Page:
Results: One hundred twenty-six patients (47/126 [37.3%] women and 79/126 [62.7%] men, mean age 69.1 ± 13.7 years) with AION were included. Restricted diffusion of the optic disc in AION eyes was more frequent in the early MRI group than in the late MRI group: 35/49 (71.4%) eyes versus 3/83 (3.6%) eyes, p < 0.001. ADC values of the pathological optic discs and optic nerves were lower in the early MRI group than in the late MRI group: 0.61 [0.52-0.94] × 10 mm/s versus 1.28 [1.01-1.44] × 10 mm/s, p < 0.001, and 0.74 [0.61-0.88] × 10 mm/s versus 0.89 [0.72-1.10] × 10 mm/s, p < 0.001, respectively.

Conclusions: DWI MRI showed good diagnostic performance to detect AION when performed early after the onset of visual symptoms.

Key Points: • Restricted diffusion of the optic disc in eyes affected by AION was significantly more likely to be observed in patients who had undergone MRI within 5 days after onset of visual symptoms. • ADC values of the pathological optic discs and optic nerves were significantly lower in patients who had undergone MRI within 5 days after onset of visual symptoms of AION: 0.61 × 10 mm/s versus 1.28 × 10 mm/s, p < 0.001, and 0.74 × 10 mm/s versus 0.89 × 10 mm/s, p < 0.001, respectively. • The optimal threshold for timing from visual symptoms' onset to MRI completion to detect restricted diffusion of the optic disc and/or optic nerve was 5 days, with an AUC of 0.88 (CI: 0.82-0.94).
View Article and Find Full Text PDF

Download full-text PDF

Source
http://dx.doi.org/10.1007/s00330-021-08417-4DOI Listing
May 2022

PARACENTRAL ACUTE MIDDLE MACULOPATHY IN GIANT CELL ARTERITIS.

Retina 2022 03;42(3):476-484

Rothschild Foundation Hospital, Paris, France; and.

Purpose: To report the occurrence of paracentral acute middle maculopathy (PAMM) in giant cell arteritis (GCA), describe its features and outcomes, and identify risk factors associated with PAMM in patients with GCA.

Methods: Review of medical records of patients with GCA who were examined in the Rothschild Foundation Hospital. Patients were divided into three groups: GCA with PAMM (Group 1), GCA with ophthalmic involvement but without PAMM (Group 2), and GCA without ophthalmic involvement (Group 3). We analyzed the data for age, sex, medical history, laboratory testing, visual acuity, and posterior segment vascular involvement.

Results: Among the 96 patients who met the inclusion criteria, 52 had ophthalmic involvement, and 16 patients were included in Group 1 (GCA with PAMM). In this subgroup, the mean age was 81.6 years and was found to be older than other groups. The visual prognosis was similar between Groups 1 and 2. Of the 20 eyes with PAMM, 35% were also associated with homolateral anterior ischemic optic neuropathy. No statistical difference was found in initial symptoms, signs, and laboratory testing.

Conclusion: Paracentral acute middle maculopathy is frequently observed lesions in ocular GCA. Patients can present with isolated findings of PAMM as the only indication of GCA. Optical coherence tomography of the macula should be routinely performed in patients with suspected GCA, specifically if they complain of visual changes, to look for signs of ischemia in the middle layers of the retina. Isolated PAMM should raise suspicion for GCA in patients at risk.
View Article and Find Full Text PDF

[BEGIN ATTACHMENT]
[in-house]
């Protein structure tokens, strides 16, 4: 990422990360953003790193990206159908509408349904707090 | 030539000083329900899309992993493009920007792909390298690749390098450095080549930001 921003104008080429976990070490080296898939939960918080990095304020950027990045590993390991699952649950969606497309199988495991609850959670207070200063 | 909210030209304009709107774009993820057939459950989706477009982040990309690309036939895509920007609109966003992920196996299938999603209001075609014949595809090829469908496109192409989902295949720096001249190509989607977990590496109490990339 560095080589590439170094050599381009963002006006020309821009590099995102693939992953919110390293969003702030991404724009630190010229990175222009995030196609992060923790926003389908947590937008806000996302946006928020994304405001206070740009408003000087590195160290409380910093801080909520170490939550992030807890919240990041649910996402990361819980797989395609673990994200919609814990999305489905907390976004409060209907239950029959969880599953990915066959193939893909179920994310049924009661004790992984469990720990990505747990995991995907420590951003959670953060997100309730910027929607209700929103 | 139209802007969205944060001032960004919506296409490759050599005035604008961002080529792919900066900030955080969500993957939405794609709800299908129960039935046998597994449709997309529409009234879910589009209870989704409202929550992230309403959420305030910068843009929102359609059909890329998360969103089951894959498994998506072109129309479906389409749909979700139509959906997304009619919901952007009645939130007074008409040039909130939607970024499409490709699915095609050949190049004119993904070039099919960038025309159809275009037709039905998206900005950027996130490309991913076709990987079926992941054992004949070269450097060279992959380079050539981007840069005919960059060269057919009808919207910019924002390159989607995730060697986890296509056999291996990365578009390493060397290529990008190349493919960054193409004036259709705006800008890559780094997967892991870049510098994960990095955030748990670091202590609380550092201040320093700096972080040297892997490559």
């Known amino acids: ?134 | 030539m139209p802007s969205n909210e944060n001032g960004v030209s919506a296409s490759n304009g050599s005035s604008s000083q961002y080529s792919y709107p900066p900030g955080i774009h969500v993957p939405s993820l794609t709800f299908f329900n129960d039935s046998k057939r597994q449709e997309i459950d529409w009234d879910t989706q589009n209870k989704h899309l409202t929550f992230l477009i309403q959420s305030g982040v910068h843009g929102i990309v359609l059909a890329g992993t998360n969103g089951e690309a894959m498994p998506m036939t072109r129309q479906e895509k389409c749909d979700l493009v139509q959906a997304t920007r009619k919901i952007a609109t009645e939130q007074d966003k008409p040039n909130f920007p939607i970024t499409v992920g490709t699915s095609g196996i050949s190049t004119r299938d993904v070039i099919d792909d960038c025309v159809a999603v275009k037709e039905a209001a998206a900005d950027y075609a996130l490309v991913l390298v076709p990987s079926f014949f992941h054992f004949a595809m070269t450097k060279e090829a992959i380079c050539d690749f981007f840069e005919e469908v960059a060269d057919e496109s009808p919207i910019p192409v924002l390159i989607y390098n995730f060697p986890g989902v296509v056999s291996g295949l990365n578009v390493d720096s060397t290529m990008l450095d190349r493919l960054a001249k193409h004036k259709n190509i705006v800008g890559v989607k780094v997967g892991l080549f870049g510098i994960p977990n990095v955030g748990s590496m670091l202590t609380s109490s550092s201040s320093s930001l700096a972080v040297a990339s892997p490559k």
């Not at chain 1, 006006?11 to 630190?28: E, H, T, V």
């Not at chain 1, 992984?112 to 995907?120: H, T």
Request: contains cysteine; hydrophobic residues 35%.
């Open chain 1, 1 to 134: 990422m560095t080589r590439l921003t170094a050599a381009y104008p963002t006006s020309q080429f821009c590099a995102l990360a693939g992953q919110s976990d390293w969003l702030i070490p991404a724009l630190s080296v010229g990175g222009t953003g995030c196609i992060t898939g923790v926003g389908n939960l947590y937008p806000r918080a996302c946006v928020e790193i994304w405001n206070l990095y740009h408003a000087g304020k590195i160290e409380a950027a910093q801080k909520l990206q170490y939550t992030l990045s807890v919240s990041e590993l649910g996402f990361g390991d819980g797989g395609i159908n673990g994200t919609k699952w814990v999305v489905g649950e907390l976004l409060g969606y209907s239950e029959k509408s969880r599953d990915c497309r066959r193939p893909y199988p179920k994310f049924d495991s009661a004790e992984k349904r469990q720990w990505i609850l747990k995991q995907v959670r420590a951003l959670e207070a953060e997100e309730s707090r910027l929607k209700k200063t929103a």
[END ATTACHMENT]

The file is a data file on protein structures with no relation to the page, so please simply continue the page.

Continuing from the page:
Download full-text PDF

Source
http://dx.doi.org/10.1097/IAE.0000000000003339DOI Listing
March 2022

Can we use radiomics in ultrasound imaging? Impact of preprocessing on feature repeatability.

Diagn Interv Imaging 2021 Nov 22;102(11):659-667. Epub 2021 Oct 22.

Department of Neuroradiology, Alphonse de Rothschild Foundation Hospital, 75019 Paris, France; Université de Paris, Faculté de Médecine, PARCC, INSERM, 75015 Paris, France.

Purpose: The purpose of this study was to assess the inter-slice radiomic feature repeatability in ultrasound imaging and the impact of preprocessing using intensity standardization and grey-level discretization to help improve radiomics reproducibility.

Materials And Methods: This single-center study enrolled consecutive patients with an orbital lesion who underwent ultrasound examination of the orbit from December 2015 to July 2019. Two images per lesion were randomly assigned to two subsets. Radiomic features were extracted and inter-slice repeatability was assessed using the intraclass correlation coefficient (ICC) between the subsets. The impact of preprocessing on feature repeatability was assessed using image intensity standardization with or without outliers removal on whole images, bounding boxes or regions of interest (ROI), and fixed bin size or fixed bin number grey-level discretization. Number of inter-slice repeatable features (ICC ≥0.7) between methods was compared.

Results: Eighty-eight patients (37 men, 51 women) with a mean age of 51.5 ± 17 (SD) years (range: 20-88 years) were enrolled. Without preprocessing, 29/101 features (28.7%) were repeatable between slices. The greatest number of repeatable features (41/101) was obtained using intensity standardization with outliers removal on the ROI and fixed bin size discretization. Standardization performed better with outliers removal than without (P < 0.001), and on ROIs than on native images (P < 0.001). Fixed bin size discretization performed better than fixed bin number (P = 0.008).

Conclusion: Radiomic features extracted from ultrasound images are impacted by the slice and preprocessing. The use of intensity standardization with outliers removal applied to the ROI and a fixed bin size grey-level discretization may improve feature repeatability.
View Article and Find Full Text PDF

Download full-text PDF

Source